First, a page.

The Aftermath

Photo Credit: Gregory Barnum (Creative Commons License) 
It has now been just over a year since I was told my cancer is in remission. However my family and I are still healing. There is an emotional and psychological impact to a trauma, such as dealing with a family member's battle with cancer, that continues to persist even when the trauma itself is apparently over.

The photo above was taken in the city of New Orleans several months after the devastating hurricane Katrina struck in 2005. It is a fantastic visual metaphor of what I am wanting to say in this post - it takes a long time to deal with the debris of a catastrophic event, even when the event itself ended some time ago.

Being Optimistic and Realistic

A few months ago now my wife and I reached a point where my realism crashed into her optimism.

It was painful and tearful.

Since my remission she had been clinging on to her belief that God had healed me totally and completely. I fully believe that if God wants to do this, he can and he will (and maybe already has), but I am in the strange position that I will never know!

If I am indeed healed, the cancer will never come back and something else will end my life. But I won't know this until my life has ended, or indeed until (and if) my cancer returns - which is what the doctors predict will happen.

My wife and I have now come to a place where we can hold our belief and trust in God and his possibility of healing me in tension and balance with the possibility that God may not choose to heal me and my cancer will return one day.

This seems to be our new 'normal'.

Angry Love

Illness has also pressed some new buttons for us.

I find I catch illnesses more easily than I did before the cancer and the chemo.

Ever since my battle with cancer, whenever I get ill (recently it was with a rather nasty cold that was doing the rounds) my wife has reacted rather strangely.

A whole mix of emotions come to the surface including:

Anger 

Anger that I am ill again, and she really doesn't want to loose me. I get cross with her as I feel she doesn't really want to acknowledge that I am ill and doesn't show much sympathy, but she is just trying to deal with her emotions and cope with the situation.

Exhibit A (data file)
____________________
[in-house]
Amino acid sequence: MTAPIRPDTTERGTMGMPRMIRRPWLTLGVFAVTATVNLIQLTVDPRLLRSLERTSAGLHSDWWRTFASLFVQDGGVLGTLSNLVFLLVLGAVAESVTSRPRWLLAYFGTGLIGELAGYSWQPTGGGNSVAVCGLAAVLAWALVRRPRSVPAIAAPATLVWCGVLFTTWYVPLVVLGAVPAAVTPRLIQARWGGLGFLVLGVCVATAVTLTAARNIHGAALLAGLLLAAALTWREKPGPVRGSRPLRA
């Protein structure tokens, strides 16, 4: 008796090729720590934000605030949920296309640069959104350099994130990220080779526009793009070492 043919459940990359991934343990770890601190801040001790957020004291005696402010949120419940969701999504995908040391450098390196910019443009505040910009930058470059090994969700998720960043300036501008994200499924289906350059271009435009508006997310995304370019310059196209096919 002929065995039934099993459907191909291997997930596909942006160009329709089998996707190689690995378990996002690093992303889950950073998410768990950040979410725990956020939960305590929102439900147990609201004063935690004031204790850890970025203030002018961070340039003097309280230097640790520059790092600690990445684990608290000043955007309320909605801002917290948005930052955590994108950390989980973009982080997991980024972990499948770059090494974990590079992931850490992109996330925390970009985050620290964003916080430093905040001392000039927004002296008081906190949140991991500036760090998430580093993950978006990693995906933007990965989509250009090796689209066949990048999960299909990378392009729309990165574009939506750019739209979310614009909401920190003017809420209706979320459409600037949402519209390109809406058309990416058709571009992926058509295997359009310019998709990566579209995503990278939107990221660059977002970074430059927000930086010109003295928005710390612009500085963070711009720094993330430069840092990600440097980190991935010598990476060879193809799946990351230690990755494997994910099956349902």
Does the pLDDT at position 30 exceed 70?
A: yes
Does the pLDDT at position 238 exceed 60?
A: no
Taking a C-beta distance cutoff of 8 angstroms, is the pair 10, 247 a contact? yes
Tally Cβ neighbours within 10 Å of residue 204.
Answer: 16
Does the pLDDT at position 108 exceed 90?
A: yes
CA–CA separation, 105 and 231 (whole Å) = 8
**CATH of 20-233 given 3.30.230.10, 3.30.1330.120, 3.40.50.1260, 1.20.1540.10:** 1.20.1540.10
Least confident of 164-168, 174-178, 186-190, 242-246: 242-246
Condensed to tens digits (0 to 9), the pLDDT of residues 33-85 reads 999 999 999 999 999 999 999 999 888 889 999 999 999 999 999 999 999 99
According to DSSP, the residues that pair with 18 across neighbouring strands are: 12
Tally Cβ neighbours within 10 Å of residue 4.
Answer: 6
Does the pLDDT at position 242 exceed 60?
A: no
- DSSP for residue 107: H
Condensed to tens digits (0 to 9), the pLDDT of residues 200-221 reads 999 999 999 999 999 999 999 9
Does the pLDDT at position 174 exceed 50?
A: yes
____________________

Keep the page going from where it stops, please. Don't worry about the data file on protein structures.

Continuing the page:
Fear

Afraid that the cancer might return again one day. Fear that I will die and leave her and my lovely little girls behind. Also a fear that we may have to go through the trauma and treatments and pain all over again.

These are some of the effects of the devastation we are navigating at this time. I am sure more will surface in the months and years to come.

As we talk things through and pray about what's going on things are getting better. Healing is coming both emotionally and psychologically. But it is taking a long time.


How about you?

How has the aftermath of a trauma in your life affected you and those you love after the event?

What did you do to get through it?

I would love to read your comments below. Thanks for reading.

Comments

  1. Hi Matt ,
    I’m sorry I couldn’t visit last Oct as I had such a tight schedule visiting cousins & neices I haven’t met for ages !
    Also when we returned to Singapore we witnessed with great pain just what you shared . Our church ( Wesley Methodist) small group leader who struggled with anablastic thyroid cancer succumbed suddenly in 2 1/2 weeks after fighting it for 20 mths . We also thought he had it licked as he looked good ! It was traumatic for his family as he has a teenage autistic son & a normal teenage daughter . We were devastated ...
    however he was prepared for it & fought on till he passed on exactly on his 50th birthday .
    The last 20 mths we witnessed miracles in his treatment though his diagnosis was terminal. We couldn’t fathom why the last miracle was not delivered .
    During the wake we were in awe as each night boys & men from the Boys Brigade ministered to the family . In fact they came daily to the hospital to help also . At least 10 boys & men every night for 3 nights & the funeral day , gave their testimonies of how he ( his name is Kee Hian) took care of them as Brigade Captain through the years. How he moulded then in Christ’s image . How persistent & loving he was to them. Some cried... it was something he never boasted about . In fact at every miracle he experienced, he gave his public testimony unstintingly . It was extremely moving .
    And then we realised that he lived his 50 years full for Christ !
    His family were mainly Taoist & sat stupefied each night as the Boys Brigade came in their uniforms & the grown Brigade members went to the mike to give their moving testimonies . God had a purpose. Kee Hian dearly loved his family & dearly wanted them to know the Lord he loved . Only in such circumstance could his family be moved ... he died so they could know His Lord !

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